Although it was not a box office success (Miles Kastendieck in the New York Journal-American, noted that it was a box office disaster), Wozzeck returned to the MET in the 1960-61 season with most of its premiere cast intact. Böhm conducted, Hermann Uhde sang Wozzeck, Eleanor Steber sang Marie, Paul Franke was the Captain, Ralph Herbert was the Doctor, and Kurt Baum was the Drum Major. When it returned for the 1964-65 season, Böhm once again conducted. This time, the role of Wozzeck was sung by William Dooley. Brenda Lewis and Helga Pilarczyk split the role of Marie, Paul Franke was again the Captain, Donald Gramm was the Doctor, and Kurt Baum was again the Drum Major.
When Wozzeck returned to the MET at the end of the 1968-69 season, it was conducted by Sir (later) Colin Davis, and featured Sir (later) Geraint Evans in the title role. Evelyn Lear sang Marie, Robert Nagy the Drum Major, Donald Gramm was again the Doctor, and Paul Franke, who had sung every performance of the work to date, continued as the Captain. The 1968-69 revival was the first in the new Metropolitan Opera House at Lincoln Center.
In 1974, James Levine conducted his first performances of Wozzeck at the MET. His cast featured two holdovers from the previous run: Paul Franke as the Captain and Donald Gramm as the Doctor. The British baritone Peter Glossop sang Wozzeck and Janis Martin, Marie. (Martin was in the process of adding the Wagnerian heroines to her repertory; she would later be a distinguished Sieglinde at the MET, and she had sung Kundry in the previous season’s Parsifal broadcast). Harold C. Schonberg, in the NYTimes, cited Levine for “approaching the score as it should be approached—as part of the mainstream of music. He conducted a kind of warm colorful performance that put into highlights the Wagnerian influences that went into Wozzeck. As Mr. Levine went through the evening, one did not think in terms of ‘modern music’. One thought only in terms of music.”
As of November 2, 1974, Wozzeck had received 23 performances with English translation. Because of copyright issues with the English translation, none of the translated performances of Wozzeck have been broadcast on SIRIUSXM, nor are they available on the MET’s streaming service (MET Opera on Demand).
Heretofore, Wozzeck had always been performed in three acts with two intermissions, which considerably lengthened an evening of only 95 minutes of music. This was to change with the next revival of Wozzeck, conducted by James Levine in 1979-80. For the first time, Wozzeck was sung in the original German, and the work was performed as it is today, in one act, without intermission, with brief pauses at the ends of Berg’s original acts.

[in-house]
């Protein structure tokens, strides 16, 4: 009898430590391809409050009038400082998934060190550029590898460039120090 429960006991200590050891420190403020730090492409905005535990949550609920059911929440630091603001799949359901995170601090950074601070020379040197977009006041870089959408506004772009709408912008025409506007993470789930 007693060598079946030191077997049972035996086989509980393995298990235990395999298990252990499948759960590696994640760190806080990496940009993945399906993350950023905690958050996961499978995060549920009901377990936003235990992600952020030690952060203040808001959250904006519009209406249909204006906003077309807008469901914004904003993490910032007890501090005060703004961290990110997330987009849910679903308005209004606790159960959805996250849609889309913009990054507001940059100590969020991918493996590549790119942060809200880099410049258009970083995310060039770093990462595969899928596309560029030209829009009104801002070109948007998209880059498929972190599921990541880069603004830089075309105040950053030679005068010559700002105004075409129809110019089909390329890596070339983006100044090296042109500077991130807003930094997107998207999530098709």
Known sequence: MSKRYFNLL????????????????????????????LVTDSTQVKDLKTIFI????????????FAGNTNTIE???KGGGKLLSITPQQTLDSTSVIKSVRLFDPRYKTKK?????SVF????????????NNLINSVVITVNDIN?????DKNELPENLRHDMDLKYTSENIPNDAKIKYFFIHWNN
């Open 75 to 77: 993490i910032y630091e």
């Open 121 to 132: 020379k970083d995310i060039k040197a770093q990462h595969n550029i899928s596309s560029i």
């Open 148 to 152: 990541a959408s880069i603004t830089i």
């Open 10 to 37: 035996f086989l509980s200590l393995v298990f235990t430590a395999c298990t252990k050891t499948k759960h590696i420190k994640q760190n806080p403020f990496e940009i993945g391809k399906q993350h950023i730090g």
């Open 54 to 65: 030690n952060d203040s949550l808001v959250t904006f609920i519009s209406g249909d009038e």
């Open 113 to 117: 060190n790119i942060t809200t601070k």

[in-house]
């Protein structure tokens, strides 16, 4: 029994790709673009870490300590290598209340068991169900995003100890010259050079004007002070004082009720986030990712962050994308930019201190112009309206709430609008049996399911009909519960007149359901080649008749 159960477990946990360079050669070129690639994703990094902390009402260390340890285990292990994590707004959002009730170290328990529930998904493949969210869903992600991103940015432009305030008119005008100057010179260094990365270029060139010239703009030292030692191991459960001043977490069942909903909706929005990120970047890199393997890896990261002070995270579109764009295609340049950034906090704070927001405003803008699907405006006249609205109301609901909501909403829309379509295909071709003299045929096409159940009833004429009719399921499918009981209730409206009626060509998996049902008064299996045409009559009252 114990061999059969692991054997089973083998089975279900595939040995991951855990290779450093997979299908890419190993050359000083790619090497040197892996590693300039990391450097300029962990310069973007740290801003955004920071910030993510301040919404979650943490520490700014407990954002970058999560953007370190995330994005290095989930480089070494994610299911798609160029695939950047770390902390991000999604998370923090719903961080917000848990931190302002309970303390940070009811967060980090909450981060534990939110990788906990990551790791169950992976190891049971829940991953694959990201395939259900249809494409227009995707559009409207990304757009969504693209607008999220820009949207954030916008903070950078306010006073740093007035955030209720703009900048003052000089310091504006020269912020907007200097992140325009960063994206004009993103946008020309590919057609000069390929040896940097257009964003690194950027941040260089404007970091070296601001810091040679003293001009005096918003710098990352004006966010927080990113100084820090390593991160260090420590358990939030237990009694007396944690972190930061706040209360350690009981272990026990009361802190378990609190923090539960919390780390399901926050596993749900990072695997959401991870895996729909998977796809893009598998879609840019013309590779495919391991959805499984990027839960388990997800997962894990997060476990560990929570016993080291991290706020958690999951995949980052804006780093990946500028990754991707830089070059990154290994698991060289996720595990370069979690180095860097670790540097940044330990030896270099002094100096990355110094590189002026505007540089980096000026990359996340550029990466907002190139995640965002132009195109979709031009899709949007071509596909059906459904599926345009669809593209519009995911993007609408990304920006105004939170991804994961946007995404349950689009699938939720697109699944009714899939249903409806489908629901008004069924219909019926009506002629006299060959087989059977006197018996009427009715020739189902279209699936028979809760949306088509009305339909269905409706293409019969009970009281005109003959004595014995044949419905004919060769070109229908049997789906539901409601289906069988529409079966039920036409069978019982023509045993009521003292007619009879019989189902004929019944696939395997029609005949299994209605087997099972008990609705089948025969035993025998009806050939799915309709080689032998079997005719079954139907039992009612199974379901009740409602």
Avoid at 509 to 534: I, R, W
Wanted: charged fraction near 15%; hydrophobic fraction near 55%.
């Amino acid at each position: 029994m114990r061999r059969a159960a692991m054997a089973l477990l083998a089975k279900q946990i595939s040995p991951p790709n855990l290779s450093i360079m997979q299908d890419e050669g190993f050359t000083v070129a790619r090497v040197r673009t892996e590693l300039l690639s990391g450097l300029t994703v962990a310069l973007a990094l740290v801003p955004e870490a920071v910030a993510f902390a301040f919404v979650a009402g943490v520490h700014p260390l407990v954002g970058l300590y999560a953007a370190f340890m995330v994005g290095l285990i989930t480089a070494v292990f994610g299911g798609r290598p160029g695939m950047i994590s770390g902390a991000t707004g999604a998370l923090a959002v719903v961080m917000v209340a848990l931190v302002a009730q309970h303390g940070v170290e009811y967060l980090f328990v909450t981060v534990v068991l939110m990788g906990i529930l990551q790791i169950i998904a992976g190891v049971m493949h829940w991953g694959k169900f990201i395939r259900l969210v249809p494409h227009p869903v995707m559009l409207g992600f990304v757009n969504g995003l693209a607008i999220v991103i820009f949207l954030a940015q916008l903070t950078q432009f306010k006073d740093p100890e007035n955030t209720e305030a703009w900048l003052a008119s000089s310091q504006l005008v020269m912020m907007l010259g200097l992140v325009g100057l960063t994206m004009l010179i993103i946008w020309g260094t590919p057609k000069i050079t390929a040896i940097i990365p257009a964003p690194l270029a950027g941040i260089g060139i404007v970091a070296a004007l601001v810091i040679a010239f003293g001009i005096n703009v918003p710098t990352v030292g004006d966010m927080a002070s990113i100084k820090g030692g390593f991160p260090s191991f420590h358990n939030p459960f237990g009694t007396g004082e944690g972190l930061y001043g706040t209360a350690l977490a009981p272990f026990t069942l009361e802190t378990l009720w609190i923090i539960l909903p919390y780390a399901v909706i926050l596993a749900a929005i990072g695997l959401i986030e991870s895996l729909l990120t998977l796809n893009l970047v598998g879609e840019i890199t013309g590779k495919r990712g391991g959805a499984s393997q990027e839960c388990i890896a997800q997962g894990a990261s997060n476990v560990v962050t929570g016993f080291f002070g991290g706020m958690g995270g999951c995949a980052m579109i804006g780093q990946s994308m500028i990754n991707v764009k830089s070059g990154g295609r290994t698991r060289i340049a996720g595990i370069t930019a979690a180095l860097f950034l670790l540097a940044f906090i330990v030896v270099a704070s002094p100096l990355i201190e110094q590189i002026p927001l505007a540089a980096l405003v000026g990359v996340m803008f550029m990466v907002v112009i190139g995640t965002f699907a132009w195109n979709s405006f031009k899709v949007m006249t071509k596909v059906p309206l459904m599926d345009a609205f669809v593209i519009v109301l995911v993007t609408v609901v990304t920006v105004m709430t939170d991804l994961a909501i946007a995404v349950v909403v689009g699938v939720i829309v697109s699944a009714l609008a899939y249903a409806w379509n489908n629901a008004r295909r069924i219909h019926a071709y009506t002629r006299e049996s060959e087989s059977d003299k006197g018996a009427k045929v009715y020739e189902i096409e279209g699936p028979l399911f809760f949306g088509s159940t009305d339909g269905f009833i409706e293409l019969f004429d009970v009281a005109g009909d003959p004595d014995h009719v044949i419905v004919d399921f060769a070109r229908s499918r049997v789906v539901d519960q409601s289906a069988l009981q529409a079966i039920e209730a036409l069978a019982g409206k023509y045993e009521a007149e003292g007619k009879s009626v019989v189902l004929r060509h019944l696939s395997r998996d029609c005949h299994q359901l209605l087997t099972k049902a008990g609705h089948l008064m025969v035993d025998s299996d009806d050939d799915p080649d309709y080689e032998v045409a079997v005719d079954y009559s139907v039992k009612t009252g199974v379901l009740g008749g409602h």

For the initial German performances of the work, the great Belgian bass-baritone Jose van Dam sang the title role. Hildegard Behrens was to have sung Marie, but her cancellation brought the magnetic German soprano Anja Silja to the role. Ragnar Ulfung was the Captain, Dieter Weller the Doctor and Richard Cassilly was the Drum Major. At later performances, Allan Monk sang Wozzeck. Schonberg, again reviewing Wozzeck for the NYTimes, noted that “the days are long past when Wozzeck gives an experienced orchestra much trouble. Saturday night, the Metropolitan Opera Orchestra, conducted by James Levine, sounded sure, confident and even virtuosic.”
The magnificent broadcast from March 8, 1980 is available on CD as part of the James Levine 40th Anniversary commemorative set; it is also available separately on CD from the MET Opera Shop and Amazon, and via streaming from MET Opera on Demand.
Fun fact: The MET’s first performance of Wozzeck in the original German took place in 1979. Previously, it was performed in English.
The MET next revived Wozzeck during the 1984-85 season. During this 50th anniversary of Berg’s death and the centenary of his birth, the MET staged both of Berg’s operas, Wozzeck and Lulu. With Levine splitting conducting duties with British conductor Jeffrey Tate, soprano Hildegard Behrens sang a memorable Marie, with Christian Boesch (who had sung many Papagenos at Salzburg with Levine) as Wozzeck, familiar faces Ragnar Ulfung and Richard Cassilly as the Captain and Drum Major, respectively, and Franz Mazura as the Doctor. The 1985 broadcast is available from the MET Opera on Demand streaming service.